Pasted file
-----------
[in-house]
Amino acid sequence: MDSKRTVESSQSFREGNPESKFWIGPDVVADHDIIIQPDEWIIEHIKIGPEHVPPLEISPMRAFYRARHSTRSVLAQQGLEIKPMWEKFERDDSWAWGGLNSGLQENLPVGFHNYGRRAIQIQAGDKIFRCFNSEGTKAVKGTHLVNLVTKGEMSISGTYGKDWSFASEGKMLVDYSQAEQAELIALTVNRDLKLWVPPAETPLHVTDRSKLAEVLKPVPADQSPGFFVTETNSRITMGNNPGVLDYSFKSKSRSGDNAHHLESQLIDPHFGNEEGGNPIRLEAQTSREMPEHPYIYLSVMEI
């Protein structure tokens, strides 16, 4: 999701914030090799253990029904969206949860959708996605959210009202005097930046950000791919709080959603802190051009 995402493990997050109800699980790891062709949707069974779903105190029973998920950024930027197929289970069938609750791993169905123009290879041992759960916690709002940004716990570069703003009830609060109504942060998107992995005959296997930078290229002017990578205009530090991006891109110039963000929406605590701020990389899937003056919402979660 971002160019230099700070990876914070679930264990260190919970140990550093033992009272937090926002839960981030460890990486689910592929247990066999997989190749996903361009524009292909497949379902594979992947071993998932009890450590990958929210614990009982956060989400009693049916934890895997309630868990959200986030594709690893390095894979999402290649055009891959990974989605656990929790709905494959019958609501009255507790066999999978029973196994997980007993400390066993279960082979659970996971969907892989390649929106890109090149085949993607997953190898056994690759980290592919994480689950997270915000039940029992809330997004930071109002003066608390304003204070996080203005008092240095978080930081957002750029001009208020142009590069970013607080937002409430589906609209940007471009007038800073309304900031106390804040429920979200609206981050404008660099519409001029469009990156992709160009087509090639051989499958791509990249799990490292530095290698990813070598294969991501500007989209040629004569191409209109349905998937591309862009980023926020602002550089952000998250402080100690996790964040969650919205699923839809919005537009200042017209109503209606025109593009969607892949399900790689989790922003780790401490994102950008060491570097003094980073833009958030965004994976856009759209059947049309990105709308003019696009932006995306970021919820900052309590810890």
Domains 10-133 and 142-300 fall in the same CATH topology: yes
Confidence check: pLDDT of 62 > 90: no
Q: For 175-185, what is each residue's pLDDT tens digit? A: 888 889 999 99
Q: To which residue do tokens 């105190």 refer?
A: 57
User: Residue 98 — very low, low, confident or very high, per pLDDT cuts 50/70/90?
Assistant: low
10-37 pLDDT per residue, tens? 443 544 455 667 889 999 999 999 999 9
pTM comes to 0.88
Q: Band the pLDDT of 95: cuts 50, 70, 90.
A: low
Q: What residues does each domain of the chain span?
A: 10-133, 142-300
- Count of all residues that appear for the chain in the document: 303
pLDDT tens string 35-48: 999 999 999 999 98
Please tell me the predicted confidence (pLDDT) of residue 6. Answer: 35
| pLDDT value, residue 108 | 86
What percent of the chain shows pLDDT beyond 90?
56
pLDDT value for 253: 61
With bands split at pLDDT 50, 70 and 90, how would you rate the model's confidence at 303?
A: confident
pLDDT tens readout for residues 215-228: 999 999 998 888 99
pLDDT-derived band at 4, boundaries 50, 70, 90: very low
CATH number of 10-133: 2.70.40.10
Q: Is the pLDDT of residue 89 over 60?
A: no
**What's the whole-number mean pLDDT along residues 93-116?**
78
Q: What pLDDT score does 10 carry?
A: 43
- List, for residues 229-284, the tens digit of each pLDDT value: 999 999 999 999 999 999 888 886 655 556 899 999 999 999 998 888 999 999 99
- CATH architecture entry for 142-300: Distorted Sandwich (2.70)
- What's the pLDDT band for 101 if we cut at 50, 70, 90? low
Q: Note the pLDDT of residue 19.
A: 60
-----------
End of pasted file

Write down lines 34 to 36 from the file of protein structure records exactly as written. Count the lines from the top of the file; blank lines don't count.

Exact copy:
A: 43
- List, for residues 229-284, the tens digit of each pLDDT value: 999 999 999 999 999 999 888 886 655 556 899 999 999 999 998 888 999 999 99
- CATH architecture entry for 142-300: Distorted Sandwich (2.70)